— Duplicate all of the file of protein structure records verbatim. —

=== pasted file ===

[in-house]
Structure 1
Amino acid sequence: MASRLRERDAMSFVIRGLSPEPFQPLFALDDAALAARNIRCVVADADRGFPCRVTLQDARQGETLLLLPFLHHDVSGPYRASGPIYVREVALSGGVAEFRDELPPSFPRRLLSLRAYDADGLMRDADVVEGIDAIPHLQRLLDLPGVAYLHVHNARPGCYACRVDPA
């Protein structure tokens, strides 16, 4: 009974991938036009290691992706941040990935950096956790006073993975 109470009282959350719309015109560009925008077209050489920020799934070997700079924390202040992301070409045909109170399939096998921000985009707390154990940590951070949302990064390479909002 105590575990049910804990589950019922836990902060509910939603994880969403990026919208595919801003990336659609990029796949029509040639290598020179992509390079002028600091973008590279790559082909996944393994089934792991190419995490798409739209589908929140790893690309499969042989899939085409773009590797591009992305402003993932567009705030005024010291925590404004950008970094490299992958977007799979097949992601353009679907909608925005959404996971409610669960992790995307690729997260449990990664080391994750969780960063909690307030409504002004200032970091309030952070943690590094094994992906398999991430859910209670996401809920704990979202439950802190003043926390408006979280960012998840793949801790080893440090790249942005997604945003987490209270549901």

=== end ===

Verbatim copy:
[in-house]
Structure 1
Amino acid sequence: MASRLRERDAMSFVIRGLSPEPFQPLFALDDAALAARNIRCVVADADRGFPCRVTLQDARQGETLLLLPFLHHDVSGPYRASGPIYVREVALSGGVAEFRDELPPSFPRRLLSLRAYDADGLMRDADVVEGIDAIPHLQRLLDLPGVAYLHVHNARPGCYACRVDPA
């Protein structure tokens, strides 16, 4: 009974991938036009290691992706941040990935950096956790006073993975 109470009282959350719309015109560009925008077209050489920020799934070997700079924390202040992301070409045909109170399939096998921000985009707390154990940590951070949302990064390479909002 105590575990049910804990589950019922836990902060509910939603994880969403990026919208595919801003990336659609990029796949029509040639290598020179992509390079002028600091973008590279790559082909996944393994089934792991190419995490798409739209589908929140790893690309499969042989899939085409773009590797591009992305402003993932567009705030005024010291925590404004950008970094490299992958977007799979097949992601353009679907909608925005959404996971409610669960992790995307690729997260449990990664080391994750969780960063909690307030409504002004200032970091309030952070943690590094094994992906398999991430859910209670996401809920704990979202439950802190003043926390408006979280960012998840793949801790080893440090790249942005997604945003987490209270549901």